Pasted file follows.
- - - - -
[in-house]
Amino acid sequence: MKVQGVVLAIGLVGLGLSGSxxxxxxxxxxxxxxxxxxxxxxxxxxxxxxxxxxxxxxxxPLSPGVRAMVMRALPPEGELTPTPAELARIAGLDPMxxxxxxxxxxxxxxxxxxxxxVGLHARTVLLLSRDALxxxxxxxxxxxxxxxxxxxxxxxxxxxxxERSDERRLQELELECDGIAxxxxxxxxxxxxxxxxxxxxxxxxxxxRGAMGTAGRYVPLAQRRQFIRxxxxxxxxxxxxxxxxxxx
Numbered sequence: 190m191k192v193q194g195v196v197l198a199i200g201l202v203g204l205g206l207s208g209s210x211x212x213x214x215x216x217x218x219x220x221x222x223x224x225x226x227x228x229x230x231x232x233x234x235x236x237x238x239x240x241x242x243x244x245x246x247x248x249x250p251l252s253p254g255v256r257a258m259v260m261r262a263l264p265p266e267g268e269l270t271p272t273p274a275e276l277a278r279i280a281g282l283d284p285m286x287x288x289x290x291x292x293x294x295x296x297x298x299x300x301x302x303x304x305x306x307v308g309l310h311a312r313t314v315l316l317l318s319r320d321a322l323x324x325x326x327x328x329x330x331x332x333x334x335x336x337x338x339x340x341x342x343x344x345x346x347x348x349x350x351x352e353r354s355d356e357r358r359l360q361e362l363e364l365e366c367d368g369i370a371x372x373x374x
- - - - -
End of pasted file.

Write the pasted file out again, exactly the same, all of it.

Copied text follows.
[in-house]
Amino acid sequence: MKVQGVVLAIGLVGLGLSGSxxxxxxxxxxxxxxxxxxxxxxxxxxxxxxxxxxxxxxxxPLSPGVRAMVMRALPPEGELTPTPAELARIAGLDPMxxxxxxxxxxxxxxxxxxxxxVGLHARTVLLLSRDALxxxxxxxxxxxxxxxxxxxxxxxxxxxxxERSDERRLQELELECDGIAxxxxxxxxxxxxxxxxxxxxxxxxxxxRGAMGTAGRYVPLAQRRQFIRxxxxxxxxxxxxxxxxxxx
Numbered sequence: 190m191k192v193q194g195v196v197l198a199i200g201l202v203g204l205g206l207s208g209s210x211x212x213x214x215x216x217x218x219x220x221x222x223x224x225x226x227x228x229x230x231x232x233x234x235x236x237x238x239x240x241x242x243x244x245x246x247x248x249x250p251l252s253p254g255v256r257a258m259v260m261r262a263l264p265p266e267g268e269l270t271p272t273p274a275e276l277a278r279i280a281g282l283d284p285m286x287x288x289x290x291x292x293x294x295x296x297x298x299x300x301x302x303x304x305x306x307v308g309l310h311a312r313t314v315l316l317l318s319r320d321a322l323x324x325x326x327x328x329x330x331x332x333x334x335x336x337x338x339x340x341x342x343x344x345x346x347x348x349x350x351x352e353r354s355d356e357r358r359l360q361e362l363e364l365e366c367d368g369i370a371x372x373x374x